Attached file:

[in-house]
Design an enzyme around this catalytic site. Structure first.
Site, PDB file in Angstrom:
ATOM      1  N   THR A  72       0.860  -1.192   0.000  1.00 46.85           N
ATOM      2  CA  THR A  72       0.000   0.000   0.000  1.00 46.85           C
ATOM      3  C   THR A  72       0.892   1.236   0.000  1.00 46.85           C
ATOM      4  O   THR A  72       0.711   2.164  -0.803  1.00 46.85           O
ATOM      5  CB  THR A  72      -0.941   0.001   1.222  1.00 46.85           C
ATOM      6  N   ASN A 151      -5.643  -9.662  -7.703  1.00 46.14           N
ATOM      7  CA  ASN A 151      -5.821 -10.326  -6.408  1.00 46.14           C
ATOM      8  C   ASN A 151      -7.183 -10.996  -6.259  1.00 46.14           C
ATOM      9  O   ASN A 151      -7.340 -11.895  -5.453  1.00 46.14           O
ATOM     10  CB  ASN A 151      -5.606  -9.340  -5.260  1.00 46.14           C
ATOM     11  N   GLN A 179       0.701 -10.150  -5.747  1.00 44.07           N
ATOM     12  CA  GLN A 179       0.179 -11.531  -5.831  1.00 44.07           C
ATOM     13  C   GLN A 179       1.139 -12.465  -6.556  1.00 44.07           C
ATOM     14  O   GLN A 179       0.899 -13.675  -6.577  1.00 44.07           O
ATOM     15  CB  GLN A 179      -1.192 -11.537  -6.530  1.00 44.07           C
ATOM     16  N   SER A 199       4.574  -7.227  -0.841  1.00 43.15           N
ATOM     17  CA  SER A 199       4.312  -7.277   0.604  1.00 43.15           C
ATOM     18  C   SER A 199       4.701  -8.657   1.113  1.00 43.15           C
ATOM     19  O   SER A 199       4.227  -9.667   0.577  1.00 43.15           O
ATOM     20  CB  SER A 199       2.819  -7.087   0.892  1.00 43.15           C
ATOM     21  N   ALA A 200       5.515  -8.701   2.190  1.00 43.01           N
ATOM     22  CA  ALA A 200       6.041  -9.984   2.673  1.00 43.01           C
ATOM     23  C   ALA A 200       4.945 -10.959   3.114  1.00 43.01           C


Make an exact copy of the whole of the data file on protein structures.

[in-house]
Design an enzyme around this catalytic site. Structure first.
Site, PDB file in Angstrom:
ATOM      1  N   THR A  72       0.860  -1.192   0.000  1.00 46.85           N
ATOM      2  CA  THR A  72       0.000   0.000   0.000  1.00 46.85           C
ATOM      3  C   THR A  72       0.892   1.236   0.000  1.00 46.85           C
ATOM      4  O   THR A  72       0.711   2.164  -0.803  1.00 46.85           O
ATOM      5  CB  THR A  72      -0.941   0.001   1.222  1.00 46.85           C
ATOM      6  N   ASN A 151      -5.643  -9.662  -7.703  1.00 46.14           N
ATOM      7  CA  ASN A 151      -5.821 -10.326  -6.408  1.00 46.14           C
ATOM      8  C   ASN A 151      -7.183 -10.996  -6.259  1.00 46.14           C
ATOM      9  O   ASN A 151      -7.340 -11.895  -5.453  1.00 46.14           O
ATOM     10  CB  ASN A 151      -5.606  -9.340  -5.260  1.00 46.14           C
ATOM     11  N   GLN A 179       0.701 -10.150  -5.747  1.00 44.07           N
ATOM     12  CA  GLN A 179       0.179 -11.531  -5.831  1.00 44.07           C
ATOM     13  C   GLN A 179       1.139 -12.465  -6.556  1.00 44.07           C
ATOM     14  O   GLN A 179       0.899 -13.675  -6.577  1.00 44.07           O
ATOM     15  CB  GLN A 179      -1.192 -11.537  -6.530  1.00 44.07           C
ATOM     16  N   SER A 199       4.574  -7.227  -0.841  1.00 43.15           N
ATOM     17  CA  SER A 199       4.312  -7.277   0.604  1.00 43.15           C
ATOM     18  C   SER A 199       4.701  -8.657   1.113  1.00 43.15           C
ATOM     19  O   SER A 199       4.227  -9.667   0.577  1.00 43.15           O
ATOM     20  CB  SER A 199       2.819  -7.087   0.892  1.00 43.15           C
ATOM     21  N   ALA A 200       5.515  -8.701   2.190  1.00 43.01           N
ATOM     22  CA  ALA A 200       6.041  -9.984   2.673  1.00 43.01           C
ATOM     23  C   ALA A 200       4.945 -10.959   3.114  1.00 43.01           C